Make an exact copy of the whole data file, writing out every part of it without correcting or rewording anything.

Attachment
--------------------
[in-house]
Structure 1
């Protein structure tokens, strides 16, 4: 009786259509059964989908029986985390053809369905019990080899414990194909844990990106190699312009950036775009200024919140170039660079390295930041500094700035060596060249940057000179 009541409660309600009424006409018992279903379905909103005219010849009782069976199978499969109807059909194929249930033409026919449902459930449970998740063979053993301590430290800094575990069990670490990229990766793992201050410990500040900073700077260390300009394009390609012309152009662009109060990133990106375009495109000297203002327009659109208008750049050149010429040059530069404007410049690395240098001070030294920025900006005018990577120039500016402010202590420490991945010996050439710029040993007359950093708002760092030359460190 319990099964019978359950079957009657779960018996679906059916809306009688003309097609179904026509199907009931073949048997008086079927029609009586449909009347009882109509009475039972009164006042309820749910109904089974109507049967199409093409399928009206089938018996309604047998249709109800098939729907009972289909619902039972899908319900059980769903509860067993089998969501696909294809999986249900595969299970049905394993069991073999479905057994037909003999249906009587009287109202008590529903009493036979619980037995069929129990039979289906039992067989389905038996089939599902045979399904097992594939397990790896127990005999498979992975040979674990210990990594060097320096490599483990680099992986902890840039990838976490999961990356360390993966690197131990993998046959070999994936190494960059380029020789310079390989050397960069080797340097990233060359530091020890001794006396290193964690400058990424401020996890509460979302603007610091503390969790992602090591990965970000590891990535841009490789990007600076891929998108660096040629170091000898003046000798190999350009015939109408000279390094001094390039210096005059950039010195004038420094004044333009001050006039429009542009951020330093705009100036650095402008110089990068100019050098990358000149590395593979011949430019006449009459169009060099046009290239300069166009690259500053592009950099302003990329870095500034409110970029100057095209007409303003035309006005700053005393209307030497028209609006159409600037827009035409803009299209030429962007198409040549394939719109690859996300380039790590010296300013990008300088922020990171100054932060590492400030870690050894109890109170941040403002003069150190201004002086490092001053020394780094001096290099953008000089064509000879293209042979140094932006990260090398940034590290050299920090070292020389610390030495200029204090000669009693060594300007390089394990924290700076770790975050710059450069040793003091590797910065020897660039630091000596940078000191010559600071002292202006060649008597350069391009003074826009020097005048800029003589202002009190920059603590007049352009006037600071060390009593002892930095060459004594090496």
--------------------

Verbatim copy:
[in-house]
Structure 1
């Protein structure tokens, strides 16, 4: 009786259509059964989908029986985390053809369905019990080899414990194909844990990106190699312009950036775009200024919140170039660079390295930041500094700035060596060249940057000179 009541409660309600009424006409018992279903379905909103005219010849009782069976199978499969109807059909194929249930033409026919449902459930449970998740063979053993301590430290800094575990069990670490990229990766793992201050410990500040900073700077260390300009394009390609012309152009662009109060990133990106375009495109000297203002327009659109208008750049050149010429040059530069404007410049690395240098001070030294920025900006005018990577120039500016402010202590420490991945010996050439710029040993007359950093708002760092030359460190 319990099964019978359950079957009657779960018996679906059916809306009688003309097609179904026509199907009931073949048997008086079927029609009586449909009347009882109509009475039972009164006042309820749910109904089974109507049967199409093409399928009206089938018996309604047998249709109800098939729907009972289909619902039972899908319900059980769903509860067993089998969501696909294809999986249900595969299970049905394993069991073999479905057994037909003999249906009587009287109202008590529903009493036979619980037995069929129990039979289906039992067989389905038996089939599902045979399904097992594939397990790896127990005999498979992975040979674990210990990594060097320096490599483990680099992986902890840039990838976490999961990356360390993966690197131990993998046959070999994936190494960059380029020789310079390989050397960069080797340097990233060359530091020890001794006396290193964690400058990424401020996890509460979302603007610091503390969790992602090591990965970000590891990535841009490789990007600076891929998108660096040629170091000898003046000798190999350009015939109408000279390094001094390039210096005059950039010195004038420094004044333009001050006039429009542009951020330093705009100036650095402008110089990068100019050098990358000149590395593979011949430019006449009459169009060099046009290239300069166009690259500053592009950099302003990329870095500034409110970029100057095209007409303003035309006005700053005393209307030497028209609006159409600037827009035409803009299209030429962007198409040549394939719109690859996300380039790590010296300013990008300088922020990171100054932060590492400030870690050894109890109170941040403002003069150190201004002086490092001053020394780094001096290099953008000089064509000879293209042979140094932006990260090398940034590290050299920090070292020389610390030495200029204090000669009693060594300007390089394990924290700076770790975050710059450069040793003091590797910065020897660039630091000596940078000191010559600071002292202006060649008597350069391009003074826009020097005048800029003589202002009190920059603590007049352009006037600071060390009593002892930095060459004594090496």